After a 15-year love affair with hedge funds, pensions and endowments are finally growing weary of their excessive fees, lackluster returns and manager arrogance. Pensions led a huge rotation into hedge funds in the early 2000’s as investment managers sought higher returns to repair their massively underfunded balance sheets. That said, after a 15-year trial run, these managers are finally waking up to the fact that they could recreate the performance of most hedge funds with a couple of index positions and simply pocket the “2% & 20%” fees they would have otherwise paid. As Bloomberg notes, pensions pulled a record $28 billion from hedge funds in 3Q 2016, the most since 2009.
Unhappy with mediocre results and high fees, pensions in states like Illinois, New York and Rhode Island are slashing their allocations to hedge funds. More than one in four endowments and foundations, from colleges to museums to hospitals, are doing the same or considering it, according to a survey by consultant NEPC. Many are demanding lower fees and better terms to stick around, and usually getting it.
Disappointing returns were certainly a factor. But another reason was the public’s perception of hedge funds as highly risky and run by guys with penthouses and yachts, said David Peden, chief investment officer for Kentucky’s $16 billion portfolio. That was poison at a time when taxpayers were being asked to fork over more to close a 60 percent gap in pension liabilities.
All told, redemptions hit a 2016 peak in the third quarter when investors pulled a net $28 billion from hedge funds, the most since early 2009, according to Hedge Fund Research Inc.
The backlash is part of a broader rebellion that has seen an avalanche of money move from actively-managed funds to low-cost passive products like index funds. The $3 trillion hedge fund industry, however, has become the poster child for the sins of active management because it charges among the highest fees even as performance lags. That doesn’t sit well in the political world of public pensions and endowments. They face pressure to boost returns as an aging workforce enters retirement and tuitions rise.
Honestly, we agree with most everything above but not sure why pension funds would be worried about hedge fund excesses…you throw one little party, with a 1,000 of your closest friends, and everyone freaks out.
Of course, below market returns have hurt the cause of the hedgies. New York state’s retirement system superintendent estimates that bad performance and excessive fees of hedge fund investments have cost NY pensioners $3.8 billion over the past 8 years.
“Hedge fund managers continue to reap hundreds of millions of dollars in fees, regardless of their performance, which is a rip-off at the expense of pensioners,” said Maria T. Vullo, who as superintendent of the New York Department of Financial Services is the state’s top financial regulator. She has estimated hedge funds cost her state’s retirement system $3.8 billion in fees and foregone returns over the last eight years.
Yet on average hedge funds have failed to outperform stocks since 2008, returning only 3.6 percent a year, while traditionally commanding fees of 2 percent of assets and 20 percent or more of the fund’s annual profit.
Citing high costs and complexity, the California Public Employees’ Retirement System, the largest U.S. pension fund, kicked off the exodus two years ago, when it voted to shed its $4 billion hedge fund stake.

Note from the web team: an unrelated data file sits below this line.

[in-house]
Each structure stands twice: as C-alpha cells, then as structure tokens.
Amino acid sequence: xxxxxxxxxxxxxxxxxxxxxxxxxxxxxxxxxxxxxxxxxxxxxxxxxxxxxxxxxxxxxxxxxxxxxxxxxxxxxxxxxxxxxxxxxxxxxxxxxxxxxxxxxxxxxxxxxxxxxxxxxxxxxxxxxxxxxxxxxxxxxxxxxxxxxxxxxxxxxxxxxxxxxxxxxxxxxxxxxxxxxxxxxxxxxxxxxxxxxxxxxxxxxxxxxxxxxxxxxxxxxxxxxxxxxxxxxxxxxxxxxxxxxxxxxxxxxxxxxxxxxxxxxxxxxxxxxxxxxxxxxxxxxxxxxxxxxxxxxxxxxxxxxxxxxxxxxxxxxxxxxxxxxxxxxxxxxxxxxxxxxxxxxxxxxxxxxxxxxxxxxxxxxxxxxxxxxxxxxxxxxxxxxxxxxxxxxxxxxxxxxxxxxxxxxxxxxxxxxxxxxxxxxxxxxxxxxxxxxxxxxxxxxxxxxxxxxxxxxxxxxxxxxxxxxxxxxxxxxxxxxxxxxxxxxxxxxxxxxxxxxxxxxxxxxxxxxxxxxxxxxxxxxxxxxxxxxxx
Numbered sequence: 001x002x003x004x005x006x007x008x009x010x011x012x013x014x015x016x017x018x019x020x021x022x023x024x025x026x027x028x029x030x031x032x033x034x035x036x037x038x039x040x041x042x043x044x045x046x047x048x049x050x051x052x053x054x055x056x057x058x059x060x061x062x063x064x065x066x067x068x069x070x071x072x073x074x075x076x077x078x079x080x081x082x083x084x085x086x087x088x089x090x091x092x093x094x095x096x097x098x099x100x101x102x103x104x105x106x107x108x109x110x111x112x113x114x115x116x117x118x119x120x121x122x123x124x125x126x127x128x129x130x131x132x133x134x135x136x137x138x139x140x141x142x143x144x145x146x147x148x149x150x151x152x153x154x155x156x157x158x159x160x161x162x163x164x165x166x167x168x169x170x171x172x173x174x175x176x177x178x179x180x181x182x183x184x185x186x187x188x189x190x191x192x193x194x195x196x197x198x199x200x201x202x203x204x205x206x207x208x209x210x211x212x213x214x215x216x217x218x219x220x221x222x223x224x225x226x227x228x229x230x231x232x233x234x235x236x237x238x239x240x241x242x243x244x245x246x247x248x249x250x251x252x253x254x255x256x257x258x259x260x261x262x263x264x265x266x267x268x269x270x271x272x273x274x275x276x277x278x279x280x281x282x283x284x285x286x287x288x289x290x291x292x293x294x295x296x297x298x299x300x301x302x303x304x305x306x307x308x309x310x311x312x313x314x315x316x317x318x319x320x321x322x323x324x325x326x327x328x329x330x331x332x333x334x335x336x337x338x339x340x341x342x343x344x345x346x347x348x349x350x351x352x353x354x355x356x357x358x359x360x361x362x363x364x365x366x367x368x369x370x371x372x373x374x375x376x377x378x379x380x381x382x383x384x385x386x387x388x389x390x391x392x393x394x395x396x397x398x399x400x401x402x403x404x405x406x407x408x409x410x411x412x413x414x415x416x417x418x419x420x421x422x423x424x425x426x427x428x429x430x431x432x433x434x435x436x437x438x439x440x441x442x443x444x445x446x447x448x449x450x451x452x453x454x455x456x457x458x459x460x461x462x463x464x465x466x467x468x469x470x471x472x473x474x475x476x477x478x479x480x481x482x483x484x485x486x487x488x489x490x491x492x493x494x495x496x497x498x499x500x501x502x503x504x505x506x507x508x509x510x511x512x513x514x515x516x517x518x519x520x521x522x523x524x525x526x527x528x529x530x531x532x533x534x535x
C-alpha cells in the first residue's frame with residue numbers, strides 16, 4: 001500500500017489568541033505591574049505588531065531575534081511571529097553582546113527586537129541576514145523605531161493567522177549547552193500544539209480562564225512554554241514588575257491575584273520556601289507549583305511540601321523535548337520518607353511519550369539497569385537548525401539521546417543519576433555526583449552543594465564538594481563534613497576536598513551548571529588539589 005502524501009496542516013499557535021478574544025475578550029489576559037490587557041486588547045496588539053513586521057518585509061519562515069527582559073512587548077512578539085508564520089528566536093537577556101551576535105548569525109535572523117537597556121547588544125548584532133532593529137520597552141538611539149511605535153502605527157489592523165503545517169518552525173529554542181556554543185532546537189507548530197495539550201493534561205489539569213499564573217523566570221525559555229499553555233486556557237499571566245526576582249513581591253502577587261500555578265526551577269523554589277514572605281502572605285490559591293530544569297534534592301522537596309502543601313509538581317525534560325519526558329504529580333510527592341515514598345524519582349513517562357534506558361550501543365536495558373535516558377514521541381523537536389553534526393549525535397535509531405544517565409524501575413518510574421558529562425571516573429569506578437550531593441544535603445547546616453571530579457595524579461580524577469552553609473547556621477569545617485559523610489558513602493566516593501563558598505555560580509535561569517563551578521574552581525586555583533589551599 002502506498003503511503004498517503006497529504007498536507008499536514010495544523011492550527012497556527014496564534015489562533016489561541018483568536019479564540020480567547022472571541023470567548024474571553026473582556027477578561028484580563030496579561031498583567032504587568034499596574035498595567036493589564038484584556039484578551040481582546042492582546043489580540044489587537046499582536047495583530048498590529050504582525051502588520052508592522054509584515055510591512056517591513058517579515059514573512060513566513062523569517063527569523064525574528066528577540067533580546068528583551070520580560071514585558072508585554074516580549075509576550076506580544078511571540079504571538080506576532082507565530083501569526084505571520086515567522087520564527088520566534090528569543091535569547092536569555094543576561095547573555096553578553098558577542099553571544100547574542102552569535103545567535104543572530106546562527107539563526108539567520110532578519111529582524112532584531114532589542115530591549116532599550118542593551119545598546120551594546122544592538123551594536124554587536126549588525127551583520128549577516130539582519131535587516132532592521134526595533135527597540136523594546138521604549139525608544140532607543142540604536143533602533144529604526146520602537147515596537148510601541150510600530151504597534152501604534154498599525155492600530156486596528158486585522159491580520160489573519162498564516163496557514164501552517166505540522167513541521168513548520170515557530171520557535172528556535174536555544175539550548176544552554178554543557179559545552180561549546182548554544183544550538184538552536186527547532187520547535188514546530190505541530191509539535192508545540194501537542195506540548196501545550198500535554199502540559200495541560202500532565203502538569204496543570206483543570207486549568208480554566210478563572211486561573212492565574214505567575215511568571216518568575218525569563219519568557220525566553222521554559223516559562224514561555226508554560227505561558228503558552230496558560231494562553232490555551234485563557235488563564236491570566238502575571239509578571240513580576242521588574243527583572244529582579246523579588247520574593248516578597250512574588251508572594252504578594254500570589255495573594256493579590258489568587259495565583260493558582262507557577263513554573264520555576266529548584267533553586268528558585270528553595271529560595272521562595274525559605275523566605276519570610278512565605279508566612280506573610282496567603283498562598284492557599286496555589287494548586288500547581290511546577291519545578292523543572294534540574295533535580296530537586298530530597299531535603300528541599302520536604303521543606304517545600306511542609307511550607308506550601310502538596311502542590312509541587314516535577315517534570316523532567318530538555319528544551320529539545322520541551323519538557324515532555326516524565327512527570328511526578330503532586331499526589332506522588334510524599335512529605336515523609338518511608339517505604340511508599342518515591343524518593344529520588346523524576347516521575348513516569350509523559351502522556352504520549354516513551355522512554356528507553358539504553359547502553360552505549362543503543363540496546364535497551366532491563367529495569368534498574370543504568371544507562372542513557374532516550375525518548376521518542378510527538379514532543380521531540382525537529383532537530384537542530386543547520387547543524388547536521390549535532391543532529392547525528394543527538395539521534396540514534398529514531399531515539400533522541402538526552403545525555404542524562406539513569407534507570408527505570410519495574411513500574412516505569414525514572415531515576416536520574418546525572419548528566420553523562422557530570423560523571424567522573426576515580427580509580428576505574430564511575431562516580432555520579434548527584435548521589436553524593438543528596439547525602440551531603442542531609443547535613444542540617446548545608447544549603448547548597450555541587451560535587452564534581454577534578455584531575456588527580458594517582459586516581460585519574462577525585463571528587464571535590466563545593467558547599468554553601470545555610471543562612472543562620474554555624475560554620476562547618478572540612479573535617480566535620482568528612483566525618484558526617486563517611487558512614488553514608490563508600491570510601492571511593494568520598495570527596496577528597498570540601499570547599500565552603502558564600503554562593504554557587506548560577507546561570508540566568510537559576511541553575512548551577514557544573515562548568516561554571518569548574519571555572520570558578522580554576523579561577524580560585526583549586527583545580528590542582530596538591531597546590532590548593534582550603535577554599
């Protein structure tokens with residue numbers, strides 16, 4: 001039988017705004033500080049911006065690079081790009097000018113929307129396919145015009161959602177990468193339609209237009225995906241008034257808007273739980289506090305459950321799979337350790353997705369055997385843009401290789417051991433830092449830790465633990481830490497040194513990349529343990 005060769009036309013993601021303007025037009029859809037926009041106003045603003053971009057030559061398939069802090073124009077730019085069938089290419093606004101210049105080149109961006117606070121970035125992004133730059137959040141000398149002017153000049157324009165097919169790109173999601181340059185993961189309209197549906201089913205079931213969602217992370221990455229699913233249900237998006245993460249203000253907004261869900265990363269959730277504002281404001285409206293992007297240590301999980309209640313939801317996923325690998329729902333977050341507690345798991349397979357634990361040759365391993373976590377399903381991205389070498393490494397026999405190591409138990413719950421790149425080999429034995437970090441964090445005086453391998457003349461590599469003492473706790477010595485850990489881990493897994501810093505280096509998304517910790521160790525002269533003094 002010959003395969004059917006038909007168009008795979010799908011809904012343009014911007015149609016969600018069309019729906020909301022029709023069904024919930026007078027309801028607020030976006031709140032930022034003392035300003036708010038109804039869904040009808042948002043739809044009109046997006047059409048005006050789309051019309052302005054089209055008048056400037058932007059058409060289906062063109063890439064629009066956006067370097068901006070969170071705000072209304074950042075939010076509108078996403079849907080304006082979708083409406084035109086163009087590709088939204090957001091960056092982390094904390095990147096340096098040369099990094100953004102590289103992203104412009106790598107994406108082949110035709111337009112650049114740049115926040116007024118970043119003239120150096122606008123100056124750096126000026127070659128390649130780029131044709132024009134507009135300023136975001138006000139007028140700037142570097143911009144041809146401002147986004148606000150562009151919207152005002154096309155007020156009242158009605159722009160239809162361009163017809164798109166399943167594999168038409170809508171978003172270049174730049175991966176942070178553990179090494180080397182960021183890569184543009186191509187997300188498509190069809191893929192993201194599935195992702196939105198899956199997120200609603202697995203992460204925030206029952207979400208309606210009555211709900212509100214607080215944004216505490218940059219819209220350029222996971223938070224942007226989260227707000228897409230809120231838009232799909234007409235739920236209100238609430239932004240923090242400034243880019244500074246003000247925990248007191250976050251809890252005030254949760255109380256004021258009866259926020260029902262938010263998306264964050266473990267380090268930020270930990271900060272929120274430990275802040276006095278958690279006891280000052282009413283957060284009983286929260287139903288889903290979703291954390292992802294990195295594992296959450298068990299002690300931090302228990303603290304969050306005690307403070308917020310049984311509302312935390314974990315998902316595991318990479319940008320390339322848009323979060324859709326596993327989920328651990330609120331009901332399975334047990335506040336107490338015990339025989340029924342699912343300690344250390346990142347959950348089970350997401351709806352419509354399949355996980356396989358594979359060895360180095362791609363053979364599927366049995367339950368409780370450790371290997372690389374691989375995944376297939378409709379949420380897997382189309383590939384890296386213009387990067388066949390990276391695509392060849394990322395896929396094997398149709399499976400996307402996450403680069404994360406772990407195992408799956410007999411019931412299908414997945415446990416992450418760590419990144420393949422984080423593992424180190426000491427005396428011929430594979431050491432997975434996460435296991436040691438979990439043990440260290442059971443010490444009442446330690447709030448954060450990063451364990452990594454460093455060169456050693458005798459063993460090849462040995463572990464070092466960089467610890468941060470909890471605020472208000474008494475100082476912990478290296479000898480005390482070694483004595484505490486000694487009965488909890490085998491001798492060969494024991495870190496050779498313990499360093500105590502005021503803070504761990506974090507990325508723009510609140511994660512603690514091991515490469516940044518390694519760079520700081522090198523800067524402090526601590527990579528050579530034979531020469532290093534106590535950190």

Meanwhile, pensions and endowments from all over the country are slashing allocations.
Momentum picked up this year as performance continued to lag. The $16.1 billion Illinois State Board of Investment said last month that it has moved two-thirds of its assets to passive management and away from the “honey pot” of high fees, said Chairman Marc Levine.
In coming months, Rhode Island’s $7.7 billion pension fund is redeeming an estimated $585 million from hedge funds — including Och-Ziff Capital Management Group LLC and Brevan Howard Asset Management — and reallocating it to low-fee index funds.
Among colleges, Berea College is unwinding about $42 million in hedge fund commitments this year from its $1.1 billion endowment. For the year ended June 30, the endowment’s hedge fund allocation lost 2.5 percent, which didn’t help the school’s overall investment decline of 1.1 percent.
“The performance net of fees wasn’t paying off,” said Jeff Amburgey, vice president for finance for the private college in Kentucky, which doesn’t charge tuition.
Of course, some funds, including William Ackman’s Pershing Square, have attempted to limit the redemptions by lowering fees. That said, we suspect the cuts are a bit too little too late.
Firms from Brevan Howard to Caxton Associates and Tudor Investment Corp. have trimmed fees amid lackluster performance.
William Ackman’s Pershing Square Capital Management last month offered a new fee option that includes a performance hurdle: It keeps 30 percent of returns but only if it gains at least 5 percent, according to a person familiar with the matter.
The offer came after Pershing Square’s worst annual performance, a net loss of 20.5 percent in 2015. Pershing Square spokesman Fran McGill declined to comment.
“They had a terrible year and they have to be extremely worried about a loss of assets under management,” said Tom Byrne, chairman of the New Jersey State Investment Council, which had about $200 million with Pershing Square as of July 31. “You’re losing clients because your prices are too high? Lower your price. That’s capitalism.”
Well, it was a good run but you can’t charge “2% & 20%” while underperforming all the major indices forever.